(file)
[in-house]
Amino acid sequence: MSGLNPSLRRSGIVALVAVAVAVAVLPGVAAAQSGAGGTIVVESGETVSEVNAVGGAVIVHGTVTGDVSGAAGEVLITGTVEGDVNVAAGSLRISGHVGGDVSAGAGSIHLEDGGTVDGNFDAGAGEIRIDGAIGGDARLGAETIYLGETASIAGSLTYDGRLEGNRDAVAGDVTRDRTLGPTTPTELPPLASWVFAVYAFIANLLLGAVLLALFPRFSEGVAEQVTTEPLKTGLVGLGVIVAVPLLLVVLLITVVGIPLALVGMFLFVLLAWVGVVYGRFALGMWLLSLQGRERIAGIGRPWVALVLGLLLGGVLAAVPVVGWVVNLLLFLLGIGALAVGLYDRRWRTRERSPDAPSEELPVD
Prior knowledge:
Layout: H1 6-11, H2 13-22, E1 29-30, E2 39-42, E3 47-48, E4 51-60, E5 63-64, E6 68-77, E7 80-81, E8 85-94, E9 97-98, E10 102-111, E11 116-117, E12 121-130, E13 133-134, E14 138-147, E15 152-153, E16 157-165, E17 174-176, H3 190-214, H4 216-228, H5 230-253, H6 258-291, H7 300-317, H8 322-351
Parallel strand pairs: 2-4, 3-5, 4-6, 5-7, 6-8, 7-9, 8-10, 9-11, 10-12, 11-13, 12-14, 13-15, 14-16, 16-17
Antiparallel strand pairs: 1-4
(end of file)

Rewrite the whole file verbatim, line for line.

[in-house]
Amino acid sequence: MSGLNPSLRRSGIVALVAVAVAVAVLPGVAAAQSGAGGTIVVESGETVSEVNAVGGAVIVHGTVTGDVSGAAGEVLITGTVEGDVNVAAGSLRISGHVGGDVSAGAGSIHLEDGGTVDGNFDAGAGEIRIDGAIGGDARLGAETIYLGETASIAGSLTYDGRLEGNRDAVAGDVTRDRTLGPTTPTELPPLASWVFAVYAFIANLLLGAVLLALFPRFSEGVAEQVTTEPLKTGLVGLGVIVAVPLLLVVLLITVVGIPLALVGMFLFVLLAWVGVVYGRFALGMWLLSLQGRERIAGIGRPWVALVLGLLLGGVLAAVPVVGWVVNLLLFLLGIGALAVGLYDRRWRTRERSPDAPSEELPVD
Prior knowledge:
Layout: H1 6-11, H2 13-22, E1 29-30, E2 39-42, E3 47-48, E4 51-60, E5 63-64, E6 68-77, E7 80-81, E8 85-94, E9 97-98, E10 102-111, E11 116-117, E12 121-130, E13 133-134, E14 138-147, E15 152-153, E16 157-165, E17 174-176, H3 190-214, H4 216-228, H5 230-253, H6 258-291, H7 300-317, H8 322-351
Parallel strand pairs: 2-4, 3-5, 4-6, 5-7, 6-8, 7-9, 8-10, 9-11, 10-12, 11-13, 12-14, 13-15, 14-16, 16-17
Antiparallel strand pairs: 1-4